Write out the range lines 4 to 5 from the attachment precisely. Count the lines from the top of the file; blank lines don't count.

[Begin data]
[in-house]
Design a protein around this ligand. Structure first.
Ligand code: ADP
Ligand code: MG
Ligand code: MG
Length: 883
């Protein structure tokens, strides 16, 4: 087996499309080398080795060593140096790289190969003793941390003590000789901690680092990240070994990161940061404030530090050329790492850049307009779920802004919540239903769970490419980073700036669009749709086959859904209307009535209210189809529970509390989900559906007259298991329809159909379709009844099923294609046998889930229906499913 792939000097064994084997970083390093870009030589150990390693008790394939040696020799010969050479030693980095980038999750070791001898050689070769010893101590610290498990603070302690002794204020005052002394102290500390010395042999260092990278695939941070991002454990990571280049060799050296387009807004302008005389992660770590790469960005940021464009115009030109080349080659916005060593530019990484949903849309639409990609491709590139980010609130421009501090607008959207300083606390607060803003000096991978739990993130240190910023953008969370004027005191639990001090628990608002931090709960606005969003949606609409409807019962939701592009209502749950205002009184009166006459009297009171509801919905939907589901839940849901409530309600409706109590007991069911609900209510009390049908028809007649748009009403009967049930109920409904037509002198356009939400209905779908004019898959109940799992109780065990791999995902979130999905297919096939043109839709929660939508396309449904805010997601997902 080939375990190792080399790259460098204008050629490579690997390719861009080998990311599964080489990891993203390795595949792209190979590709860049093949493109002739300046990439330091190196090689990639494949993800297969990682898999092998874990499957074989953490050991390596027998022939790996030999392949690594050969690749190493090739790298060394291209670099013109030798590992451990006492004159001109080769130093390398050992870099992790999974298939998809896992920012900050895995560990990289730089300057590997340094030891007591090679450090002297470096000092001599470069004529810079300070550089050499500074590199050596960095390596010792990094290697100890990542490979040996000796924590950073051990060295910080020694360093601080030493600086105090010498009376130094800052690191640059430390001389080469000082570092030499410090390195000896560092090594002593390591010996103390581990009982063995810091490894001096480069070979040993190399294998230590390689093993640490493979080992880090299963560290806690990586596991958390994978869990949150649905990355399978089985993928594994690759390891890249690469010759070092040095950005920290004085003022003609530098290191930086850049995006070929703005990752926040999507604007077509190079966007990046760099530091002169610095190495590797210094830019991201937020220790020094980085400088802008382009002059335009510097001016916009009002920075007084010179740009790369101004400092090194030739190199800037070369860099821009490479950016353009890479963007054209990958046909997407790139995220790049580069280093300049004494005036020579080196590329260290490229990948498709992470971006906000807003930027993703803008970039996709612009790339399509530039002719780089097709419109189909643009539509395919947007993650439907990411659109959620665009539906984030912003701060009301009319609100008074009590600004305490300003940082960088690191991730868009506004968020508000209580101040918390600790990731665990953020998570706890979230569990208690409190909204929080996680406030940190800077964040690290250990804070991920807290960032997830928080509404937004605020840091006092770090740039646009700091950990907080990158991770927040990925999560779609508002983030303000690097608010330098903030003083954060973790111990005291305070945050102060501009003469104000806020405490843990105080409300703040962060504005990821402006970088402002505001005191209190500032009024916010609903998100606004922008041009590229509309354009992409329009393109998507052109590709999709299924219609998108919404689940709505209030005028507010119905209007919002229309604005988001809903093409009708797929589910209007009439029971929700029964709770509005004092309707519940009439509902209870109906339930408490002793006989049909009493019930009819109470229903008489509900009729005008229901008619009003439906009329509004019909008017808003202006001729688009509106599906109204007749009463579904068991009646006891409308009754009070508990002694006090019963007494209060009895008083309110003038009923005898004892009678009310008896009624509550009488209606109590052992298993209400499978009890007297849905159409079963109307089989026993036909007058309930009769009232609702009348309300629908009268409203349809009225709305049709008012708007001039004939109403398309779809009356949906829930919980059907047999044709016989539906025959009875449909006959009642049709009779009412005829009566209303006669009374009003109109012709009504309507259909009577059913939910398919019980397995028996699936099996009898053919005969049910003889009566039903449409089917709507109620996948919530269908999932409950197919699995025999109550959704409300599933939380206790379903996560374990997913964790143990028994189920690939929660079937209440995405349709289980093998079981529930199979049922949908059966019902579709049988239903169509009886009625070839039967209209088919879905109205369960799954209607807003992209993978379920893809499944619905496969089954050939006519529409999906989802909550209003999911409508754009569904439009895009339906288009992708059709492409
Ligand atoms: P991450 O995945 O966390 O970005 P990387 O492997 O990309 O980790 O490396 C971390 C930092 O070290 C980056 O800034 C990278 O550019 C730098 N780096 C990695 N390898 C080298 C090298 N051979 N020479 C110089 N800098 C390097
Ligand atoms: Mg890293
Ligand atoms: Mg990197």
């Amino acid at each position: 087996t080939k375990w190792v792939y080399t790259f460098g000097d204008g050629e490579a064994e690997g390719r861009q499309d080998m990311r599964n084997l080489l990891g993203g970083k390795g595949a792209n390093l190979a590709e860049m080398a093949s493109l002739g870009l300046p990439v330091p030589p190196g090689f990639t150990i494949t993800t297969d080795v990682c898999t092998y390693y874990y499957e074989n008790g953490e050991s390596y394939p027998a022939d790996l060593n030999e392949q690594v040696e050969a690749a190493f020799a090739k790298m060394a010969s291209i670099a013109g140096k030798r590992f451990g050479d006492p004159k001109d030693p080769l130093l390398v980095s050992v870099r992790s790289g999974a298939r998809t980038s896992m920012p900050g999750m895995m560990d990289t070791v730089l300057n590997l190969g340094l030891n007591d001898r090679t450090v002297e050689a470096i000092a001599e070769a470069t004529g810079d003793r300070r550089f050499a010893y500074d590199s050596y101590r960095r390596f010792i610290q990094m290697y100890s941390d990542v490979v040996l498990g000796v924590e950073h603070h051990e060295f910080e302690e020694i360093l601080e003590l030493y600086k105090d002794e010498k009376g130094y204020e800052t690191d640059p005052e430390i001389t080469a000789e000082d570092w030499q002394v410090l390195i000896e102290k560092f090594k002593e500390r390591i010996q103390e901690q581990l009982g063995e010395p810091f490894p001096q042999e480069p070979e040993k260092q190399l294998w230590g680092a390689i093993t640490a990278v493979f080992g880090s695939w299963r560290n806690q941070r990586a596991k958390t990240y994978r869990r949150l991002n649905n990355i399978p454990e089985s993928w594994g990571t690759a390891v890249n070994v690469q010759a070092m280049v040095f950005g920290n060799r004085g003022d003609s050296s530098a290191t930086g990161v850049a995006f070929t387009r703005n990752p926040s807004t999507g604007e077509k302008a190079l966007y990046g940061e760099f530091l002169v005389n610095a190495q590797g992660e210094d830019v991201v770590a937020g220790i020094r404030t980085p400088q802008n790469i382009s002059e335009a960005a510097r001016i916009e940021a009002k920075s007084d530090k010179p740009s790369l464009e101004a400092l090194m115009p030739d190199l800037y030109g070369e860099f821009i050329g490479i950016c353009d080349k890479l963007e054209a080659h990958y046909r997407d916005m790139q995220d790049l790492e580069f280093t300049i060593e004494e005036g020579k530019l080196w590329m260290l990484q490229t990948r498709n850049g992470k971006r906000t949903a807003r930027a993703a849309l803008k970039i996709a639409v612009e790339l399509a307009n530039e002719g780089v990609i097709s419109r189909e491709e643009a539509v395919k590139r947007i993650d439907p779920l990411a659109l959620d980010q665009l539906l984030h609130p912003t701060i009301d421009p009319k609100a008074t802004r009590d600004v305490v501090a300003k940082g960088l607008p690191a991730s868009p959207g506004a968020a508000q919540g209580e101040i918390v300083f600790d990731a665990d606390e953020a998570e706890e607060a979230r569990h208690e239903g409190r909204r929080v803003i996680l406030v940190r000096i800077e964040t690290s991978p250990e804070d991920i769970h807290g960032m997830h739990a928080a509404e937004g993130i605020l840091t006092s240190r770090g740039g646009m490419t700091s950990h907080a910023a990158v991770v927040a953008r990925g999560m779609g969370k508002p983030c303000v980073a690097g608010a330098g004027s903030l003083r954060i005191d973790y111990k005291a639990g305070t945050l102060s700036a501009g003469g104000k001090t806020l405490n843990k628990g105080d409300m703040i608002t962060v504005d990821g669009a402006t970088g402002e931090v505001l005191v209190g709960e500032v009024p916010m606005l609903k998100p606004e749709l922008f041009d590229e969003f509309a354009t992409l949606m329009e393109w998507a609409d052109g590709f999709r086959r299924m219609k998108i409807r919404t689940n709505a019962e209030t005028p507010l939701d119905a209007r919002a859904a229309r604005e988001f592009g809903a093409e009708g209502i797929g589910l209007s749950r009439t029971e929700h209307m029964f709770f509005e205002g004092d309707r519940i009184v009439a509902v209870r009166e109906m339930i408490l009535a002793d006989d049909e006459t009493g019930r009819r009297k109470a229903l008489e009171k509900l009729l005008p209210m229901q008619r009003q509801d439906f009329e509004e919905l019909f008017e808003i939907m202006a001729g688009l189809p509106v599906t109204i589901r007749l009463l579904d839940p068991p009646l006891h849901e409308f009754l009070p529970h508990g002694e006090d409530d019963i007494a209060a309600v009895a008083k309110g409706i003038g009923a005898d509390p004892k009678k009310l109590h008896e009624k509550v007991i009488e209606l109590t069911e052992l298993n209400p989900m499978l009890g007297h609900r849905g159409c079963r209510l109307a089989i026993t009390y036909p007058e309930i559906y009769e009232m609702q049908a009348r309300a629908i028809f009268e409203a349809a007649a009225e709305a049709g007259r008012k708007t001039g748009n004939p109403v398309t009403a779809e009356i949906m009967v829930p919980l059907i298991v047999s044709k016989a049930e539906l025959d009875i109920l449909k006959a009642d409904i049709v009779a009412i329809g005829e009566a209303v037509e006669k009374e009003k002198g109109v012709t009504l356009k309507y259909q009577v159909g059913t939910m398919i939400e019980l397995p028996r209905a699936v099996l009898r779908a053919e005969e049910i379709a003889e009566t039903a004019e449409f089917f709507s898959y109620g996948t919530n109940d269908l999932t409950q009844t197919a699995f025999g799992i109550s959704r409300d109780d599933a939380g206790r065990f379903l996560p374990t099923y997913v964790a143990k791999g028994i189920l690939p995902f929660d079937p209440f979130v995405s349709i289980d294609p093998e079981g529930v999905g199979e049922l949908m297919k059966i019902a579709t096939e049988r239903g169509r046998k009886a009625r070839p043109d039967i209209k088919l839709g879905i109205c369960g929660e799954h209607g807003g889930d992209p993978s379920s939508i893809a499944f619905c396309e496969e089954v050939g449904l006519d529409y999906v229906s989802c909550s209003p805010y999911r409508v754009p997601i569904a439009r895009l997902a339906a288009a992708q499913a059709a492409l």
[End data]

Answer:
Ligand code: MG
Ligand code: MG